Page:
“The demands of Nigerians are very straightforward and simple, namely: purposeful leadership and good governance, verifiable security of life and property, decent infrastructure and social amenities, the enforcement of the rule of law and a conducive atmosphere for development,” IEP members say.

They add, “These are not unthinkable demands to make. All Nigerian leaders stand indicted unless they make a change, shun prebendalism and serve the aspirations of their people.”   

Turning their attention to the coup in the West African country of Niger, and the efforts being undertaken by the Economic Community of West African States (ECOWAS) to resolve the crisis that started on July 26, the Catholic Bishops advocate for “non-military means”.


“Governments that fail to represent the interest of their people in democracy, compromise their legitimacy,” they say, and add, “Nigerians favor negotiation and other non-military means and President Bola Ahmed Tinubu who is president first and foremost of Nigeria needs to listen to Nigerians before anyone else”

Regarding the challenge of insecurity, IEP members say, “All over the country insecurity remains an emergency of serious concern. Whether in the form of kidnapping, banditry, insurgency or ritual killing, Nigerians feel increasingly hemmed in, in their own country.”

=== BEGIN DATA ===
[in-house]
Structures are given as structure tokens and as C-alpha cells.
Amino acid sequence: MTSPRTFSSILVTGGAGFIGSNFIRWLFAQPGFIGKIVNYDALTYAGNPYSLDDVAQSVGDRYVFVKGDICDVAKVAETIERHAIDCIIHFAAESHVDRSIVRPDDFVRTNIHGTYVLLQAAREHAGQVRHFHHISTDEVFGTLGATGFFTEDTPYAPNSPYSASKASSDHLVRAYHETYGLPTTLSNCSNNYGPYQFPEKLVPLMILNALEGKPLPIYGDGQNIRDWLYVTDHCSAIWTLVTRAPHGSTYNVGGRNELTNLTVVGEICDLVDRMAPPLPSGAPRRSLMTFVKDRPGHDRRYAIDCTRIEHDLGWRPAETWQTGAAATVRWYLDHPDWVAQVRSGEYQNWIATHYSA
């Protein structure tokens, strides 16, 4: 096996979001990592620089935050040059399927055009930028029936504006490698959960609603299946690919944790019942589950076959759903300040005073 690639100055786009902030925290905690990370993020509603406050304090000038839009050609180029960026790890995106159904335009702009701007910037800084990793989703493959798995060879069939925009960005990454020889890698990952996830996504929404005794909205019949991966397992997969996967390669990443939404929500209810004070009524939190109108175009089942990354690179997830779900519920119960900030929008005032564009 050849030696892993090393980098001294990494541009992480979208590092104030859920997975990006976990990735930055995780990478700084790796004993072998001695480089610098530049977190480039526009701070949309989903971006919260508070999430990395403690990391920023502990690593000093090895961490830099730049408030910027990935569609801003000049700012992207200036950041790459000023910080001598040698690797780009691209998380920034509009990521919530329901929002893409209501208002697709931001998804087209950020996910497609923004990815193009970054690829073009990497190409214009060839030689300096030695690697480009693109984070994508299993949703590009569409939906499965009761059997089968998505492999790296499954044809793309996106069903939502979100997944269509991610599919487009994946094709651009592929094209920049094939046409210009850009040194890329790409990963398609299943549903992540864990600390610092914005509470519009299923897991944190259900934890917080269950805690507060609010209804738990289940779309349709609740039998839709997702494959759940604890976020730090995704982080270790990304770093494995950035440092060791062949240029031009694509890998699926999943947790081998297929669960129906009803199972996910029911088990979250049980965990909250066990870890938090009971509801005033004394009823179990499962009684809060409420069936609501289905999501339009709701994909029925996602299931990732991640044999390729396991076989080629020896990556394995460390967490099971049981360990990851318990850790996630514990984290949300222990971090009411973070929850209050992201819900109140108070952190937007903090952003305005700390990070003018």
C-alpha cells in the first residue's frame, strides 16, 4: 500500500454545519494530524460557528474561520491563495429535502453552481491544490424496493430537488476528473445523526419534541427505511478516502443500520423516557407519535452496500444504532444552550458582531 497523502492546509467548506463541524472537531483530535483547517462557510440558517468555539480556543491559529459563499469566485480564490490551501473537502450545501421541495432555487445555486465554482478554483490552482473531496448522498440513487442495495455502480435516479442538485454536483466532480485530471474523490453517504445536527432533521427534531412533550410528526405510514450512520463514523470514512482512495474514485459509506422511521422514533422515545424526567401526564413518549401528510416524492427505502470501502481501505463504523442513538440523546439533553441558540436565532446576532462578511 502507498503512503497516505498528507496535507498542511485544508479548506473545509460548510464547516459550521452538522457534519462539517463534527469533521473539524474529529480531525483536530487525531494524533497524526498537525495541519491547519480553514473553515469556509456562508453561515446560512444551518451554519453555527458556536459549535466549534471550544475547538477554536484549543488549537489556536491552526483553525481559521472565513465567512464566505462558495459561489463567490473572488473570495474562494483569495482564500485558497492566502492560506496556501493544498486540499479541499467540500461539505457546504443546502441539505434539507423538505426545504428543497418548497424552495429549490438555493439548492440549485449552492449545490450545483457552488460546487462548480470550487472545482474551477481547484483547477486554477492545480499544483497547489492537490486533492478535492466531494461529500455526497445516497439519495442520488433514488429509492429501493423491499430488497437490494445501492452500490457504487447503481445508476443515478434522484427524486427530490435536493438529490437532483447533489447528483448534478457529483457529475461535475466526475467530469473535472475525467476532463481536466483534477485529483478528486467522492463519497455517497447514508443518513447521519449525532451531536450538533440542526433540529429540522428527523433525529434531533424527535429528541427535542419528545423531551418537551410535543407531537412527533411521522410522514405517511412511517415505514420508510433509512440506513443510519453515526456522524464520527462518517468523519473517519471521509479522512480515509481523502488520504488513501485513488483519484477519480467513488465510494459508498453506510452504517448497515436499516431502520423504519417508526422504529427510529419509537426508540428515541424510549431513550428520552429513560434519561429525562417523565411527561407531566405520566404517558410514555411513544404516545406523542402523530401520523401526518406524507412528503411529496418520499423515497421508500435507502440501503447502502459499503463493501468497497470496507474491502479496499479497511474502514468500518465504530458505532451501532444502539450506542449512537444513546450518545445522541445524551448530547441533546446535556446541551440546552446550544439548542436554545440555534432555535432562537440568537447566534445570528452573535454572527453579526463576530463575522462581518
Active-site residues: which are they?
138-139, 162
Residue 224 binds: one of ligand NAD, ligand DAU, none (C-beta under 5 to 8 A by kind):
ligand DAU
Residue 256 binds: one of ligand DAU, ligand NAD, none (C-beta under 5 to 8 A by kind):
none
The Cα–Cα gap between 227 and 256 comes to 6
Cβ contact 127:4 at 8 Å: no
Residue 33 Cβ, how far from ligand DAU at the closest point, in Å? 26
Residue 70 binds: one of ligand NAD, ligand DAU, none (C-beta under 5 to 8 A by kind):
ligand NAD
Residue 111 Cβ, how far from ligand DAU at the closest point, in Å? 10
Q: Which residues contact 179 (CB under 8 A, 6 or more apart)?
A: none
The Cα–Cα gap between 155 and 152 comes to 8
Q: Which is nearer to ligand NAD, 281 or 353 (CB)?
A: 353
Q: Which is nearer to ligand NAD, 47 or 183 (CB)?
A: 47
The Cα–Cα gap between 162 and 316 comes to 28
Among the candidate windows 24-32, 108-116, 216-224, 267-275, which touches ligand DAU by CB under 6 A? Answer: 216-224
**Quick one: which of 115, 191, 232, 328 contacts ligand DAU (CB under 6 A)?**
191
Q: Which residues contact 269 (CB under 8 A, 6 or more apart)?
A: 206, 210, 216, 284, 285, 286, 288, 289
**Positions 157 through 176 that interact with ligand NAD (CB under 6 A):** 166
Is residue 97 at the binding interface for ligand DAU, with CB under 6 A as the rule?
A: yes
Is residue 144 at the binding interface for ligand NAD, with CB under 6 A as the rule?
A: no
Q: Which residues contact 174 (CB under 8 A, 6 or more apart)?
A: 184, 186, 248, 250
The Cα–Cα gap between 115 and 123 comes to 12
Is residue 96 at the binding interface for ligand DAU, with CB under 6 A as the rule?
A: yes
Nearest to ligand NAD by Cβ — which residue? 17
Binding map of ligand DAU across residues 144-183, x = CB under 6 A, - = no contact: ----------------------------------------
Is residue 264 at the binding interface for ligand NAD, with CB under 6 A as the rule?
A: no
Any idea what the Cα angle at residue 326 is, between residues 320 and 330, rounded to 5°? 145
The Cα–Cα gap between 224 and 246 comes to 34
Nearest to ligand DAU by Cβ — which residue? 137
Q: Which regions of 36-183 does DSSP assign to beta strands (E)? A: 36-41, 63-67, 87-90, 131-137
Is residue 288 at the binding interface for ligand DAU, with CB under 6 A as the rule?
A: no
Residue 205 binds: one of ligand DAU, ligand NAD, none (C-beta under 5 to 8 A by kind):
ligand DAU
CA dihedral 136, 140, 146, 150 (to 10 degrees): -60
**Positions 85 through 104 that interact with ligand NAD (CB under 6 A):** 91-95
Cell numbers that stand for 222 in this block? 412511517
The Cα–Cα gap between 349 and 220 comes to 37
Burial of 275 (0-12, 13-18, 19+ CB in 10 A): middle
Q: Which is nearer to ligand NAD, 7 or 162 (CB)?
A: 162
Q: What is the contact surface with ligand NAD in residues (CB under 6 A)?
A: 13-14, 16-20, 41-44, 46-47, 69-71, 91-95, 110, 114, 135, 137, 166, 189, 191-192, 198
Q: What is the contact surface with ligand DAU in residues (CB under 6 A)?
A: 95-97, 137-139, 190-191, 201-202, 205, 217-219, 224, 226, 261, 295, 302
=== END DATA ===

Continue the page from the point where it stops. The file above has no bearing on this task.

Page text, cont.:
“Regular news of brutality and killing from the security agencies who should protect the people only intensifies the siege context in which daily life continues. Government must show greater seriousness in tackling these challenges head on,” they add. 

In their collective statement signed by IEP President, Archbishop Gabriel Abegunrin, the Catholic Church leaders describe food security in Nigeria as “a major concern”.

“Nigeria currently is at risk on many fronts. Of these, food security is a major concern. Any country unable to feed its citizens, will be a perpetual victim of manipulation and does not deserve its sovereignty,” they say.

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The Catholic Bishops add, “Government must have sustainable programmes for food production, preservation and processing and provide facilities for Nigerians to engage in it.”

Against this backdrop, IEP members call for a moral regeneration in Nigeria, saying, “The strength of any nation lies not only in its political or economic power but more in its moral integrity.”

“We must admit that our country is in serious deficit of moral rectitude. As Bishops, we are concerned that this is not being given serious attention in our schools, formation programmes and public institutions,” they lament.

The Catholic Church leaders urge individuals, families, institutions, and the government at all levels to “put integrity and moral rectitude as a priority in their relationships and operations.”   

Jude Atemanke is a Cameroonian journalist with a passion for Catholic Church communication. He holds a Bachelor’s Degree in Journalism and Mass Communication from the University of Buea in Cameroon. Currently, Jude serves as a journalist for ACI Africa.